Q: I WANT TO MAKE A HARDSHIP WITHDRAWAL FROM MY 401K AT WORK TO HELP FOR A DOWN-PAYMENT FOR A HOUSE/CONDO. PLEASE ADVISE IF THERE IS A LIMITATION AS TO HOW MUCH I CAN WITHDRAW, AND IF THERE IS A PENALTY FOR WITHDRAWING THE MONEY? ALSO DO I HAVE TO PAY A TAX FOR THE WITHDRAWAL?
A: You have to check with your 401(k) plan administrator to find out if (1) your plan permits you to borrow from it for any reason, including the purchase of a home and (2) how much you can withdraw.
If you cannot borrow from the account, you may “cash out.” If you are less than 59 1/2, you will owe a 10% penalty on the amount plus whatever regular income taxes are owed in your marginal bracket.
So start with your plan administrator and work from there. By the way, if you’re borrowing funds for your down payment, I urge you to consider a 100% or 103% loan, like the ones offered by Countrywide Home Loans (www.countrywide.com). I’d much rather see you pay private mortgage insurance than borrow from your 401(k).
Q:Our company just started the 401k loan program. It is all new to me but the interest rate is low. We have about 15,000 in credit card debt. What are the pros and cons of these loans? We just want to get out of credit card use altogether.
A: You can’t borrow from a 401(k) program until you have 401(k) savings. In essence, you’re borrowing from yourself.
If you can’t manage your debt, you will need to take some dramatic steps, including transferring the balances to a low-interest rate card and pumping the monthly “savings” into prepaying the debt; paying your monthly minimum twice a month; getting a second part-time job and devoting all of your earnings toward paying down the debt; and, refinancing your home loan (or getting a home equity loan) to trade non-deductible debt for deductible debt at a lower interest rate.
I suggest you seek the advice of a non-profit credit counseling agency like CCCS. You can contact the National Foundation for Consumer Credit (www.nfcc.org) for more help and a referral to a CCCS office near you.
Q: The company that I have been working for has been acquired by another one. I was contributing to a 401k plan which has been canceled. I also own a two bed/bath room house which I think its value is $100,000.00 The house mortgage balance is $75,000. I’d like to buy a bigger house of no more than $140,000.00 The new company does not have a 401k plan. My 401k balance is $48,000.00 less a $4,043.00 loan. I have the option to transfer the balance less 20% tax deduction to an IRA or to have a lump sum payable to me, which would be less 30% in tax deduction and the loan balance (I would receive about $30,000.00). My question is what is best for me: 1. transfer the 401k balance to an IRA or 2. Use the 401k plan money (about $30,000.00 ) and the house equity (about $25,000.00) for a downpayment (in order to have about the same monthly mortgage payment) for a bigger house taking advantage of low interest rates. Currently my mortgage rate is 7.5%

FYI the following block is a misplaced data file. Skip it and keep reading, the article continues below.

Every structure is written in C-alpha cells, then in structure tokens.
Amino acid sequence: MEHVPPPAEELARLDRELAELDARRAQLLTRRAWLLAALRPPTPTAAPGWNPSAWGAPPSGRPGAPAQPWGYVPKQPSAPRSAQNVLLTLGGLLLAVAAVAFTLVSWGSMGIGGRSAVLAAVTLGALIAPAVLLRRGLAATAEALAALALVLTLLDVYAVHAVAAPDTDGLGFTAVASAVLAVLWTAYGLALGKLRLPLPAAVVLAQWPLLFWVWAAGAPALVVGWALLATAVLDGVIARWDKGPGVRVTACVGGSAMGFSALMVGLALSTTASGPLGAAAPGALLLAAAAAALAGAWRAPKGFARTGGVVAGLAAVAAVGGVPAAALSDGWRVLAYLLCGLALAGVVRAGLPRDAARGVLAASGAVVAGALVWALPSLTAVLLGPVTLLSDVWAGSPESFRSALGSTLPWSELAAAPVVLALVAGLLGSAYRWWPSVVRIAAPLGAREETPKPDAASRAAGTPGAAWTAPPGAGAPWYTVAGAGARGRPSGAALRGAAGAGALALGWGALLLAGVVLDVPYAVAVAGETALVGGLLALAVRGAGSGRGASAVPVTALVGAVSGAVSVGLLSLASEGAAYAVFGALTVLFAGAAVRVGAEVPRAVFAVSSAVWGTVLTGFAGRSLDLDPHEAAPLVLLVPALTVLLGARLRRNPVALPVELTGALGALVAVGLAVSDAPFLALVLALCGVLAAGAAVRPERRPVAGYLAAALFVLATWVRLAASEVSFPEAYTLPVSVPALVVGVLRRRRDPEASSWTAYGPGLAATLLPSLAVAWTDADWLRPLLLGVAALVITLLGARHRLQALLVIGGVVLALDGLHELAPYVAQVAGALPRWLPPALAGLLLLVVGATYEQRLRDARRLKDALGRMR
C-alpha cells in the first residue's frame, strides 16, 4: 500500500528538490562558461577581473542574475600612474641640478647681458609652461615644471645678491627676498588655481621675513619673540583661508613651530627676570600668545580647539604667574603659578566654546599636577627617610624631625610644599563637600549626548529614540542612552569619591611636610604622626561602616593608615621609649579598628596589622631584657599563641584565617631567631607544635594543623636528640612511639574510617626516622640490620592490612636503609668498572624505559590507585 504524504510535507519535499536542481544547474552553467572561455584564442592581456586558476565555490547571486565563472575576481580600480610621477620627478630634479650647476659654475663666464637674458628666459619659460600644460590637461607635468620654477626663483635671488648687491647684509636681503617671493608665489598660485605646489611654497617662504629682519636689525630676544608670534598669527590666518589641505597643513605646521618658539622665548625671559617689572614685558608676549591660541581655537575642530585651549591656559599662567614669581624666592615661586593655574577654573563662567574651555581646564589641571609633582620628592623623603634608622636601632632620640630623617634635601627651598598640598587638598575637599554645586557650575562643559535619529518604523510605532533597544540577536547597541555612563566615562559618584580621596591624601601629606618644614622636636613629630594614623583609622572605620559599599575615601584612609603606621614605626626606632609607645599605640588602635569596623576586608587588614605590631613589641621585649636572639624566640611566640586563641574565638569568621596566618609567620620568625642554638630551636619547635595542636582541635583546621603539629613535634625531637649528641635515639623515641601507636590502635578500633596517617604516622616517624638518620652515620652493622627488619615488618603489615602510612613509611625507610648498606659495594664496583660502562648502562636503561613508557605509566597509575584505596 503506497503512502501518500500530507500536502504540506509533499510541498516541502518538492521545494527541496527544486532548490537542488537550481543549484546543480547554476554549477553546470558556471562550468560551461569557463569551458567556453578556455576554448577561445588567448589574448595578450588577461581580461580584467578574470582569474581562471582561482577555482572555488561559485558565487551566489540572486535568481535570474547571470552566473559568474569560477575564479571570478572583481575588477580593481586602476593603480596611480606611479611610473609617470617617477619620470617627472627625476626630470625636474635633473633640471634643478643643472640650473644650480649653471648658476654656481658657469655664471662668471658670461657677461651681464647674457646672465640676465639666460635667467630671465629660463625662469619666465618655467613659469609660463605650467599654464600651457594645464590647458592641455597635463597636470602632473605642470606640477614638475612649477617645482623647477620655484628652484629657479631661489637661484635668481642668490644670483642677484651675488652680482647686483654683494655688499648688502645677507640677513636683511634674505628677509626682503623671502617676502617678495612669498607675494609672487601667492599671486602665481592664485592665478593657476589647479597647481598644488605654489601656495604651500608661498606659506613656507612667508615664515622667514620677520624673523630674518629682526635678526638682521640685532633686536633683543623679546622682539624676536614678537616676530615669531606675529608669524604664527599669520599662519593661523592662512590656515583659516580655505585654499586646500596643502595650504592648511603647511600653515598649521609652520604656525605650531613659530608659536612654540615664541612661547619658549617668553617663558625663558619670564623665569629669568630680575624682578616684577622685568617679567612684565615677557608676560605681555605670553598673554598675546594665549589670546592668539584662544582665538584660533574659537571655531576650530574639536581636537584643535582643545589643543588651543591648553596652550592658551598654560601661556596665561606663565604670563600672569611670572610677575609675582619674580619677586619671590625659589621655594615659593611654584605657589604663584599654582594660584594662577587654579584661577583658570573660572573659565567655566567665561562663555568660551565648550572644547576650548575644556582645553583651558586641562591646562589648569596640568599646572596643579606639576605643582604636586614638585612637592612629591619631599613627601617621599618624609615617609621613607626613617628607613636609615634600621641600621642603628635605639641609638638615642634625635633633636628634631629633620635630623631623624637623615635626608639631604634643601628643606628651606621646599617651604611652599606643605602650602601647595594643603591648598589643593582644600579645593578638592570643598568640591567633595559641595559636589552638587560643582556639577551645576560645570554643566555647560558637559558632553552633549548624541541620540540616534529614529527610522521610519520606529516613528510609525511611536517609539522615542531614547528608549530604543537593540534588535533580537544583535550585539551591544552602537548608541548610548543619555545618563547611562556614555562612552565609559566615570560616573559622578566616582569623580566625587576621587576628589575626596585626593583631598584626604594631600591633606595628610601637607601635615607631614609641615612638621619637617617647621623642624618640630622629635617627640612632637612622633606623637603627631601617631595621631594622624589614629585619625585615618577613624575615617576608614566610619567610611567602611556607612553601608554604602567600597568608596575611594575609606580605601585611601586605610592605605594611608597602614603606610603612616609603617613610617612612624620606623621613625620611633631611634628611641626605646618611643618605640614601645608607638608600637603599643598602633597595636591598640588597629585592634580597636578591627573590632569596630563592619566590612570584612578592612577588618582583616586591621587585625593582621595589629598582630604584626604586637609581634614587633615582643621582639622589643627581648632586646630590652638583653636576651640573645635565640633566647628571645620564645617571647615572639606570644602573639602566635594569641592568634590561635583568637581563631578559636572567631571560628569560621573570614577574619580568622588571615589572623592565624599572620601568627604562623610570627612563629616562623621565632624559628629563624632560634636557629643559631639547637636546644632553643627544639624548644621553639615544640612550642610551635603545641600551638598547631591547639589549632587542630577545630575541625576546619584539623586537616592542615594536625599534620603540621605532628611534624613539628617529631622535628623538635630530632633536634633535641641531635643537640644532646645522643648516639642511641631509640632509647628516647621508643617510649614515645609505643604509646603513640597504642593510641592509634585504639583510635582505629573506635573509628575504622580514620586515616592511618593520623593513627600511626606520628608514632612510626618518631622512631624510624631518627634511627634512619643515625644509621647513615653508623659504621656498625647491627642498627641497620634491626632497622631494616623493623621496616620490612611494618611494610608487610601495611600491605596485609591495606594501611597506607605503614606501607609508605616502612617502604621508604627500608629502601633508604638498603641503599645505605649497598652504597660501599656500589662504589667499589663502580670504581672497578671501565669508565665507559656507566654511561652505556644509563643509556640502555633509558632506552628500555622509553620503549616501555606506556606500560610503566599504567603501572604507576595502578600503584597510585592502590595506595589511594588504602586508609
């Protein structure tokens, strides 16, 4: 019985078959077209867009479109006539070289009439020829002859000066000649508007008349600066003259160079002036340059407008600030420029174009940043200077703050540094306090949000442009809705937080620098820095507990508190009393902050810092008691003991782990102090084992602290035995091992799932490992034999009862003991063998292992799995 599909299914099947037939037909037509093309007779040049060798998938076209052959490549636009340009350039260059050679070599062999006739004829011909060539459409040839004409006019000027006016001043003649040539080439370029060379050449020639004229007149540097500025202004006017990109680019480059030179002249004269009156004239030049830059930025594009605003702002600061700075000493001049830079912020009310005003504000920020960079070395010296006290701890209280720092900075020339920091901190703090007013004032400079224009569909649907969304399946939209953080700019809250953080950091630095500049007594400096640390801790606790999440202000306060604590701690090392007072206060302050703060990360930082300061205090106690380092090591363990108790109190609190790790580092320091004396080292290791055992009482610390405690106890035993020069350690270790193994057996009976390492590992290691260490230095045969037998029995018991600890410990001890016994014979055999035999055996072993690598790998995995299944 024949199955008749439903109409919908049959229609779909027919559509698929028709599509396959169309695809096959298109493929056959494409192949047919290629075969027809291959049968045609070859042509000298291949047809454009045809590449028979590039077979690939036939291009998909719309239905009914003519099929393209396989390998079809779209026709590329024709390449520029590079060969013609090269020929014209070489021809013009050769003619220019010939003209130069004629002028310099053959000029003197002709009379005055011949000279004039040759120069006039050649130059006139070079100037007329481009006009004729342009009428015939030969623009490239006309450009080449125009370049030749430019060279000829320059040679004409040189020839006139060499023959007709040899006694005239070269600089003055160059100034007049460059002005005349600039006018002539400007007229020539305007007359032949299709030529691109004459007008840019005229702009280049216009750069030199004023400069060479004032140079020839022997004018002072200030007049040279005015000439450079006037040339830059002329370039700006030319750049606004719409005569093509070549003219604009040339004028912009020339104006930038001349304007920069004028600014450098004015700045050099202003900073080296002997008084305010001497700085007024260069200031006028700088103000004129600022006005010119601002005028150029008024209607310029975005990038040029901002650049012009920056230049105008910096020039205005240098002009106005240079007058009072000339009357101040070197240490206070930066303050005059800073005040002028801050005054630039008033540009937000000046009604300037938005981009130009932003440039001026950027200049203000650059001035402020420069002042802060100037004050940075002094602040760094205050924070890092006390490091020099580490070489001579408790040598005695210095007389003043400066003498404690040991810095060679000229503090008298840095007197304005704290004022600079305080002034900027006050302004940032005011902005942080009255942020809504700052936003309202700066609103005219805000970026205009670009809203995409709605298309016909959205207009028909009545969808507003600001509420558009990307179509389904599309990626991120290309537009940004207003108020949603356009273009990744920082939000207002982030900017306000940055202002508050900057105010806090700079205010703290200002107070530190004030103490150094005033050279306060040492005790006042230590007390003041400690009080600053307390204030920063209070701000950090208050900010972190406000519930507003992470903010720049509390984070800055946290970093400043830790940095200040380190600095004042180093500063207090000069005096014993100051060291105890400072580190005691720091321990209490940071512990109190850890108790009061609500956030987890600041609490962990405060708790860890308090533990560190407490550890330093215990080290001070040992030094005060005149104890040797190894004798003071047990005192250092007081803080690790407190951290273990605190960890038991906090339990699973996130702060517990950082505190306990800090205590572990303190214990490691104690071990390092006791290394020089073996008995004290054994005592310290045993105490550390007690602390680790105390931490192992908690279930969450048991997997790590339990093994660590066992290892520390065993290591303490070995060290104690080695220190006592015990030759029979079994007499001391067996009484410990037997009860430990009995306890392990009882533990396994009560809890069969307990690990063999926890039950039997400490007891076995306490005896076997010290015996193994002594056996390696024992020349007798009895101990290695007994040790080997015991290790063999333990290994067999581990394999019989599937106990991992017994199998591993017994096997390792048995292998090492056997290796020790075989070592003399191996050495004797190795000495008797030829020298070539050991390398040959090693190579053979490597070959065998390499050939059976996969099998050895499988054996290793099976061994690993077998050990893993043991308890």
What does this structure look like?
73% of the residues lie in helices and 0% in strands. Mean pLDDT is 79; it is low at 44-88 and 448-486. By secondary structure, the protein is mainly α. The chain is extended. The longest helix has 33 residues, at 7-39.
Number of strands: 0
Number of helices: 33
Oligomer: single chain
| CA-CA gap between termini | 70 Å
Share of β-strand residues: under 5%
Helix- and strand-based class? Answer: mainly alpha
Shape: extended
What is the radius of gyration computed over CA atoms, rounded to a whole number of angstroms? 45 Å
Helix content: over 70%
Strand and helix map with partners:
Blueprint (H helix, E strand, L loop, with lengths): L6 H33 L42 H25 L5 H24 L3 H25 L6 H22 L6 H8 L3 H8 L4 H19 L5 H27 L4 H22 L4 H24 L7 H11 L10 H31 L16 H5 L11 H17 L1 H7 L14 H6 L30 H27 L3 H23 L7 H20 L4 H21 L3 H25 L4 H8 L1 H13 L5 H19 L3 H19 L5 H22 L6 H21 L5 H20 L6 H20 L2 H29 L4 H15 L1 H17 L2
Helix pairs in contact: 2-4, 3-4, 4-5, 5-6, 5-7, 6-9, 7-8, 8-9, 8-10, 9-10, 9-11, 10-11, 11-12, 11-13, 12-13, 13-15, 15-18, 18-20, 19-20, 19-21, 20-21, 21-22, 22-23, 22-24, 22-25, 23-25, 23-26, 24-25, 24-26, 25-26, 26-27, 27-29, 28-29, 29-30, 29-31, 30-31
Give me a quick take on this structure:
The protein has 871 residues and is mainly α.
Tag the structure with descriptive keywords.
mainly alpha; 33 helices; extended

A: I think you should sell your home, pay off your 401(k) loan, and then use the rest to buy a new home. If you can’t afford a larger mortgage without using your 401(k) cash, then you should stay where you are. Also, I’d rollover your 401(k) to an IRA, but don’t touch the cash. Then, you won’t have to pay any withholding.
Q: I am considering a job offer that has a greater long-term potential for advancement. I have a 401K loan (residential) with my current employer that has a payoff around $8000. I understand the tax implications of not paying it off, but paying this loan in full within 30 days is near impossible. Any suggestions? I have read about using a “introductory rate” credit card for a short term and setting up a new 401K loan with my new employer after rolling over my 401K balance to their plan. This is the only realistic plan I can see right now.
I would hate to turn down a long-term opportunity due to a short-term dilemma like an $8000 debt. I am 32 years old and have no other debt than a mortgage and one car note. My 401K account and Roth IRA Total around $70,000 so I think I am in good shape otherwise. Any thoughts on this matter?
A: If you don’t pay back the loan, it will be considered a distribution and you will owe income taxes as well as a penalty. You may end up paying close to $4,000 for this debt.
I don’t know when you bought your home, but you may have some equity that you can tap. Consider getting a home equity loan to pay back the $8,000 (or as much of it as you can manage).
If you want to transfer your 401(k) to the new company, that may be fine. But it will not change the status of your loan.
Jan. 1, 2005